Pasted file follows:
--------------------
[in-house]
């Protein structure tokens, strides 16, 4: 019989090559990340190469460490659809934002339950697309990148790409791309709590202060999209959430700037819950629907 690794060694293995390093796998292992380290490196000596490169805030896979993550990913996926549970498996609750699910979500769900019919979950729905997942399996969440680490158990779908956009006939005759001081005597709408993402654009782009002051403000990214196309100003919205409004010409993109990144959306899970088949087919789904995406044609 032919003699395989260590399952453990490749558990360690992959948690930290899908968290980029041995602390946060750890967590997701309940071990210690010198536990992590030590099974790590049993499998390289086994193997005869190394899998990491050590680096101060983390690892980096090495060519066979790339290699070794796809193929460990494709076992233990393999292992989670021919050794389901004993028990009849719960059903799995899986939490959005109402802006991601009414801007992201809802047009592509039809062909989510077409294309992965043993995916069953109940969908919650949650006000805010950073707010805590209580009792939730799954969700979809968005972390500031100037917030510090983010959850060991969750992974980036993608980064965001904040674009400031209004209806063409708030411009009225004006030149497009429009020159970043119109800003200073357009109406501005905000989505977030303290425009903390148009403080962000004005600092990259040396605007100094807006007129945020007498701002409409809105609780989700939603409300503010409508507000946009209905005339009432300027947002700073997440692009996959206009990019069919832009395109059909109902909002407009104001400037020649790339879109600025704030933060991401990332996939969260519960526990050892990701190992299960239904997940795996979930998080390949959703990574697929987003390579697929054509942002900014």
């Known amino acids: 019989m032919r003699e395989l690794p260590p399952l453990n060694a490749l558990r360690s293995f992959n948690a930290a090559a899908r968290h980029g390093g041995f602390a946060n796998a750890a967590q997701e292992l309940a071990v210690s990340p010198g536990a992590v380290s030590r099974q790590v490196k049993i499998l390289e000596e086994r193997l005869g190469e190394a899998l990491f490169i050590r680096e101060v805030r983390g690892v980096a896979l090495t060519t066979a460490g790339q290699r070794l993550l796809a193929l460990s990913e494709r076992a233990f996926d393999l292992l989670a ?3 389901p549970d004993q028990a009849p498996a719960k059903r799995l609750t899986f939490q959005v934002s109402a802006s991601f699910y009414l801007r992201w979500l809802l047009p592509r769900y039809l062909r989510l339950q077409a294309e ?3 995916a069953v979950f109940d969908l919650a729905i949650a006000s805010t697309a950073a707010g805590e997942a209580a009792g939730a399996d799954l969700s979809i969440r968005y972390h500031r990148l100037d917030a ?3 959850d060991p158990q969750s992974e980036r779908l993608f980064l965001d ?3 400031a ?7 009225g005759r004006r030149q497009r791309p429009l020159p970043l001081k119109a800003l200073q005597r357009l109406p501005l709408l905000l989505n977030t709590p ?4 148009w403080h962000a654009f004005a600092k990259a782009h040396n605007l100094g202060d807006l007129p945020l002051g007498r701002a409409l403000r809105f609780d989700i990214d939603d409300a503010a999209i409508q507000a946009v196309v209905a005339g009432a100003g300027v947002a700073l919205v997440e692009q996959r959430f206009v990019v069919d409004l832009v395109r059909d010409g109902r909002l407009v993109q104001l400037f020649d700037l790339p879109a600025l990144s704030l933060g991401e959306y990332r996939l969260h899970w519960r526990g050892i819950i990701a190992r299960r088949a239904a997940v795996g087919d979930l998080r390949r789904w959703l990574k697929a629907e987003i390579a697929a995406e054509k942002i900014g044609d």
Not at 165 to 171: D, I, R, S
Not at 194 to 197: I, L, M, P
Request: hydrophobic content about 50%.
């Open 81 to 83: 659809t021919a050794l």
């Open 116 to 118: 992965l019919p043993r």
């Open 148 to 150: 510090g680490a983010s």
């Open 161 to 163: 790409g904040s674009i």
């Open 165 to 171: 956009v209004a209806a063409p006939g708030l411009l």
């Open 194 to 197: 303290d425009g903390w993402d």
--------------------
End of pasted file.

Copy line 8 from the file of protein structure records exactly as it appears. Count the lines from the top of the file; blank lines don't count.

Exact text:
């Open 116 to 118: 992965l019919p043993r």